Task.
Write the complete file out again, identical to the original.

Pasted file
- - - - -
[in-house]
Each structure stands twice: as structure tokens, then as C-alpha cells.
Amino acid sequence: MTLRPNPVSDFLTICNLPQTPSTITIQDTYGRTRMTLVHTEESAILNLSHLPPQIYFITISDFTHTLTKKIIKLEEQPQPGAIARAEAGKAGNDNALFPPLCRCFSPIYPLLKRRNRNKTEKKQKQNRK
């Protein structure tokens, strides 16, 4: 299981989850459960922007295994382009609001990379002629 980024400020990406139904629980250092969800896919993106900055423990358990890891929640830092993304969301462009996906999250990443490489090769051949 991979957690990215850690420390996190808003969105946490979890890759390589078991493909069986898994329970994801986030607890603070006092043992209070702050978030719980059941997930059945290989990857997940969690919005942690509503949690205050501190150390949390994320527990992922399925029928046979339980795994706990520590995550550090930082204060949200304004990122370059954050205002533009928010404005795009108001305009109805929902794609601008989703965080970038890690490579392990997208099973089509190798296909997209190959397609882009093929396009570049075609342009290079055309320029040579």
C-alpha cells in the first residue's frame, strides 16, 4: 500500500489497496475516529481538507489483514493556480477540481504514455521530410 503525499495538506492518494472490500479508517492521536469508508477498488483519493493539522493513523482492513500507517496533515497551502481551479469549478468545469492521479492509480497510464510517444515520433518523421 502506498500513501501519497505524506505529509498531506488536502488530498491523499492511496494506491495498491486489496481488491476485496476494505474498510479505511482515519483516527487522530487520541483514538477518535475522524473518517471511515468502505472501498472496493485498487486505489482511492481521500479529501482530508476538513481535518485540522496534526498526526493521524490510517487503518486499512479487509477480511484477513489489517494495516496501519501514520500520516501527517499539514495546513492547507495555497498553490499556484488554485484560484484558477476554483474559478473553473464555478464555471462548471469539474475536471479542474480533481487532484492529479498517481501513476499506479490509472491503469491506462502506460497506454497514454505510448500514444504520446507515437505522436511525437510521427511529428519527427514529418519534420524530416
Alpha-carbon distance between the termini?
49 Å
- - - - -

[in-house]
Each structure stands twice: as structure tokens, then as C-alpha cells.
Amino acid sequence: MTLRPNPVSDFLTICNLPQTPSTITIQDTYGRTRMTLVHTEESAILNLSHLPPQIYFITISDFTHTLTKKIIKLEEQPQPGAIARAEAGKAGNDNALFPPLCRCFSPIYPLLKRRNRNKTEKKQKQNRK
């Protein structure tokens, strides 16, 4: 299981989850459960922007295994382009609001990379002629 980024400020990406139904629980250092969800896919993106900055423990358990890891929640830092993304969301462009996906999250990443490489090769051949 991979957690990215850690420390996190808003969105946490979890890759390589078991493909069986898994329970994801986030607890603070006092043992209070702050978030719980059941997930059945290989990857997940969690919005942690509503949690205050501190150390949390994320527990992922399925029928046979339980795994706990520590995550550090930082204060949200304004990122370059954050205002533009928010404005795009108001305009109805929902794609601008989703965080970038890690490579392990997208099973089509190798296909997209190959397609882009093929396009570049075609342009290079055309320029040579």
C-alpha cells in the first residue's frame, strides 16, 4: 500500500489497496475516529481538507489483514493556480477540481504514455521530410 503525499495538506492518494472490500479508517492521536469508508477498488483519493493539522493513523482492513500507517496533515497551502481551479469549478468545469492521479492509480497510464510517444515520433518523421 502506498500513501501519497505524506505529509498531506488536502488530498491523499492511496494506491495498491486489496481488491476485496476494505474498510479505511482515519483516527487522530487520541483514538477518535475522524473518517471511515468502505472501498472496493485498487486505489482511492481521500479529501482530508476538513481535518485540522496534526498526526493521524490510517487503518486499512479487509477480511484477513489489517494495516496501519501514520500520516501527517499539514495546513492547507495555497498553490499556484488554485484560484484558477476554483474559478473553473464555478464555471462548471469539474475536471479542474480533481487532484492529479498517481501513476499506479490509472491503469491506462502506460497506454497514454505510448500514444504520446507515437505522436511525437510521427511529428519527427514529418519534420524530416
Alpha-carbon distance between the termini?
49 Å